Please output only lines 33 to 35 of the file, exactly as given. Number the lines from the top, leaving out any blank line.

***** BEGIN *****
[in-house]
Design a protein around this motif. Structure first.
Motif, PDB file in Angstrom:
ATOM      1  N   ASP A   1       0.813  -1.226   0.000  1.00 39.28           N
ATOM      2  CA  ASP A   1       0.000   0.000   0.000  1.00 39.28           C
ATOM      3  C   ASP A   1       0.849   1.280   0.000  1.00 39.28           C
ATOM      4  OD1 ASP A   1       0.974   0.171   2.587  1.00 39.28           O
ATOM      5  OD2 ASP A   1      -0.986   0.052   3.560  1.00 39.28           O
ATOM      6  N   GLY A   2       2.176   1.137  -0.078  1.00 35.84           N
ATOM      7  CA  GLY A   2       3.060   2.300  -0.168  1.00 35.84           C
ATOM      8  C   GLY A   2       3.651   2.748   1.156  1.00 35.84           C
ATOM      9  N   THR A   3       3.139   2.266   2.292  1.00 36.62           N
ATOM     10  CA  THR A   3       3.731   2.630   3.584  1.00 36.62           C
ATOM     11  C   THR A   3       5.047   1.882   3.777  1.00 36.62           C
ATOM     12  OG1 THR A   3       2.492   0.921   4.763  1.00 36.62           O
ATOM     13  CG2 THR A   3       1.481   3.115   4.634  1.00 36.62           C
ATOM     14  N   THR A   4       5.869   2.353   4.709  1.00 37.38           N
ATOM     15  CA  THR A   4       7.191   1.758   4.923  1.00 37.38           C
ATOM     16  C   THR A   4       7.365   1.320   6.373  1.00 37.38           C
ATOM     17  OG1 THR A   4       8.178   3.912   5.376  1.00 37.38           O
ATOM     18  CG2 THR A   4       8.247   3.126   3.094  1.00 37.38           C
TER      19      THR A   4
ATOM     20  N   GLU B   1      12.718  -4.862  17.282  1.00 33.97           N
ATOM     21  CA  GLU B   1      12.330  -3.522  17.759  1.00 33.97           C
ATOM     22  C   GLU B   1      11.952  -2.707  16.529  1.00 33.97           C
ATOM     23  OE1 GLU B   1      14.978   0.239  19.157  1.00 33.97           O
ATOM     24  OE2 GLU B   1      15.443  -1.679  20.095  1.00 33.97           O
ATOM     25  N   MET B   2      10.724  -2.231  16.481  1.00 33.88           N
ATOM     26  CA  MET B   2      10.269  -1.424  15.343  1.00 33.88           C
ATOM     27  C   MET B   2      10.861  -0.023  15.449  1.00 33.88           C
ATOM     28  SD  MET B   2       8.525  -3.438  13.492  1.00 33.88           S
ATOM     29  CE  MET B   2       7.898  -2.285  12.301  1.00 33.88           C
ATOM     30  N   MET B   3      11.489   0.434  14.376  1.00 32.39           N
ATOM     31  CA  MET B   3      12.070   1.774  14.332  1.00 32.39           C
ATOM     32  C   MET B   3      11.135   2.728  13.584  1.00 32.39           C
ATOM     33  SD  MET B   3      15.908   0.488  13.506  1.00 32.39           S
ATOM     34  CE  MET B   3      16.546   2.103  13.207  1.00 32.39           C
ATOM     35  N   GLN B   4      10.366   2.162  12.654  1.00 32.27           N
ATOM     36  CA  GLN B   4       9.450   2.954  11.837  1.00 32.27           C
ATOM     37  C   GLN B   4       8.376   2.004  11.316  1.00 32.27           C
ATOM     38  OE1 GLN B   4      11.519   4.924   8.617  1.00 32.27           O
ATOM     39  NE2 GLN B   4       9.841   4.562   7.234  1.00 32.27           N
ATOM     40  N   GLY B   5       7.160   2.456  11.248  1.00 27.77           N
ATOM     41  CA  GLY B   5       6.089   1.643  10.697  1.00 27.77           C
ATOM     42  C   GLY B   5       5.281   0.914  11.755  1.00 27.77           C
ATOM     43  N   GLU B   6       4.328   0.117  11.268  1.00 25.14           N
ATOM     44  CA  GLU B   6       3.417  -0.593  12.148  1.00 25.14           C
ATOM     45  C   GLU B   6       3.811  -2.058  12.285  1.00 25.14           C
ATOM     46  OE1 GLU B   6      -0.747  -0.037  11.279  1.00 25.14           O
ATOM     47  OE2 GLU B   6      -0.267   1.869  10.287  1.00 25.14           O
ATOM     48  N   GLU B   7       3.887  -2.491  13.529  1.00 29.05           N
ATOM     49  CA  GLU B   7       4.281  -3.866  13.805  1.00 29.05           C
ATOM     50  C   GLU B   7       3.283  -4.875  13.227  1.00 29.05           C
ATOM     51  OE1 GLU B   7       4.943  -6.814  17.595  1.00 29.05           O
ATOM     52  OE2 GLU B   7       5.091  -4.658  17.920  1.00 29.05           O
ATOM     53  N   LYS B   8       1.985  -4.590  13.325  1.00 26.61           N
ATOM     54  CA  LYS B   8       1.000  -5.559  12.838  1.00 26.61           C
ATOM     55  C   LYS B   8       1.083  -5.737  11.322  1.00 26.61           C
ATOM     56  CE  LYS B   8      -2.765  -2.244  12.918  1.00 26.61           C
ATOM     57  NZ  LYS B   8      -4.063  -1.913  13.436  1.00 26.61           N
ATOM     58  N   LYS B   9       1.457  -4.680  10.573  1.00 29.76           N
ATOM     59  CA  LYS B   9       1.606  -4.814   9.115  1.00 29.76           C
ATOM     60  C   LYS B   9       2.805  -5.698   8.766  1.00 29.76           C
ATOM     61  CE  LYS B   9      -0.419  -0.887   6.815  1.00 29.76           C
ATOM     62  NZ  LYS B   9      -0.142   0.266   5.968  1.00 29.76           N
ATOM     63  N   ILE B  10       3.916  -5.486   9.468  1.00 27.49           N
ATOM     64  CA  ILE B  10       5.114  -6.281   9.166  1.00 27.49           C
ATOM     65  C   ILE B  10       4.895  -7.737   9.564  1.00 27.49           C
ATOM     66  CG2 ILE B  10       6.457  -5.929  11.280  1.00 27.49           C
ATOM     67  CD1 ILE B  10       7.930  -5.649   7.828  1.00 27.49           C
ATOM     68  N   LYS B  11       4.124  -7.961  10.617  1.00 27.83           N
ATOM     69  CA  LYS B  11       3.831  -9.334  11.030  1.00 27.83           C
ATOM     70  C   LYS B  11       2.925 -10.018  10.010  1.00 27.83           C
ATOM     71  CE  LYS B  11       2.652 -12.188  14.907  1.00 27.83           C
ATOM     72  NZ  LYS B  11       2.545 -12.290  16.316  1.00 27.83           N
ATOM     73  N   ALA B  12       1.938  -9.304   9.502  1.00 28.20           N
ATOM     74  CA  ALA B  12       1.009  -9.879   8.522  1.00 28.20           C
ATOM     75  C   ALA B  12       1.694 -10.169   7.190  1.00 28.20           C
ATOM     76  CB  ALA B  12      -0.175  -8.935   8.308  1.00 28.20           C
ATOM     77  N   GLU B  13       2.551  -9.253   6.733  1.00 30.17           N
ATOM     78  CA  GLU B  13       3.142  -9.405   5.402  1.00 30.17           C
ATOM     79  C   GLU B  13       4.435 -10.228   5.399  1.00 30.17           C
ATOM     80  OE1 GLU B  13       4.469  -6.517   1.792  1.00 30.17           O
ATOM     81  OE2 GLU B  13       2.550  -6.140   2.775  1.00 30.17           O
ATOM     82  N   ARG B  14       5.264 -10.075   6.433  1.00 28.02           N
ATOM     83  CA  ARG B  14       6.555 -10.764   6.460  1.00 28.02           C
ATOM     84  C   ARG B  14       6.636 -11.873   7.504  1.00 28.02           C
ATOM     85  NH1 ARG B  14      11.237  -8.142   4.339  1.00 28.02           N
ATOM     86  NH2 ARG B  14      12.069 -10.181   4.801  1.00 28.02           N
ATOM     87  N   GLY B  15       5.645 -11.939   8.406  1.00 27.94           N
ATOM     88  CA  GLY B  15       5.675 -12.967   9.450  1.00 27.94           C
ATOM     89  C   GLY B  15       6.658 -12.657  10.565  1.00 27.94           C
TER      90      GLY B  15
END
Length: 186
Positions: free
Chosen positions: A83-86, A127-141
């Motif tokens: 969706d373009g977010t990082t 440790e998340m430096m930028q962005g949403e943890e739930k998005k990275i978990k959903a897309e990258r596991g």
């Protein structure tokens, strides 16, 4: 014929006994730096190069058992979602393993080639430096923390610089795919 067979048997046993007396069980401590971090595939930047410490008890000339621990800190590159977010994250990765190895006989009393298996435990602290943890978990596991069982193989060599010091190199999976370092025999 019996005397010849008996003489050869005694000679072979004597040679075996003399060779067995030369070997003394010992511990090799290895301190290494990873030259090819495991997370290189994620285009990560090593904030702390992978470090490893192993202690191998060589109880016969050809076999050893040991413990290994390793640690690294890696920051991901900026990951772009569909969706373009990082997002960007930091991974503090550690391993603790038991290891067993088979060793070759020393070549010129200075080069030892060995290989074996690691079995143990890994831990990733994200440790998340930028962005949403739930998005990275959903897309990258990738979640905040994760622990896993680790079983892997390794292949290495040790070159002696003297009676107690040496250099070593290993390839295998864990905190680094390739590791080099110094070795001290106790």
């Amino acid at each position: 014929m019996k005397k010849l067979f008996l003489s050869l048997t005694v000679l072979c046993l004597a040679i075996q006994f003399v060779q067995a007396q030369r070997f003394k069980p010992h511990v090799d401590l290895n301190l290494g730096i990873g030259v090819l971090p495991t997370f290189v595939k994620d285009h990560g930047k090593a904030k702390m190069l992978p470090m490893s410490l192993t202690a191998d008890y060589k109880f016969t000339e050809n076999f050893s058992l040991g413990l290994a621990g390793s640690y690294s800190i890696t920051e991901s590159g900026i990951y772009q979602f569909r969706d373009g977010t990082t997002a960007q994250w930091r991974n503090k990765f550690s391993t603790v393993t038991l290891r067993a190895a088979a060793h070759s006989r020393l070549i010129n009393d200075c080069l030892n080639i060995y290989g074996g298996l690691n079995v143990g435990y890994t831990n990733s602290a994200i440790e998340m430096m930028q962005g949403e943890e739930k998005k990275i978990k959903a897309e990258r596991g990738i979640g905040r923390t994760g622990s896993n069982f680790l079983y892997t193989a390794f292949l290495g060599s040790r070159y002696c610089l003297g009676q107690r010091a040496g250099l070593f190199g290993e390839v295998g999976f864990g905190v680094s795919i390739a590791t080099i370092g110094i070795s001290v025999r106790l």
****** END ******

ATOM     30  N   MET B   3      11.489   0.434  14.376  1.00 32.39           N
ATOM     31  CA  MET B   3      12.070   1.774  14.332  1.00 32.39           C
ATOM     32  C   MET B   3      11.135   2.728  13.584  1.00 32.39           C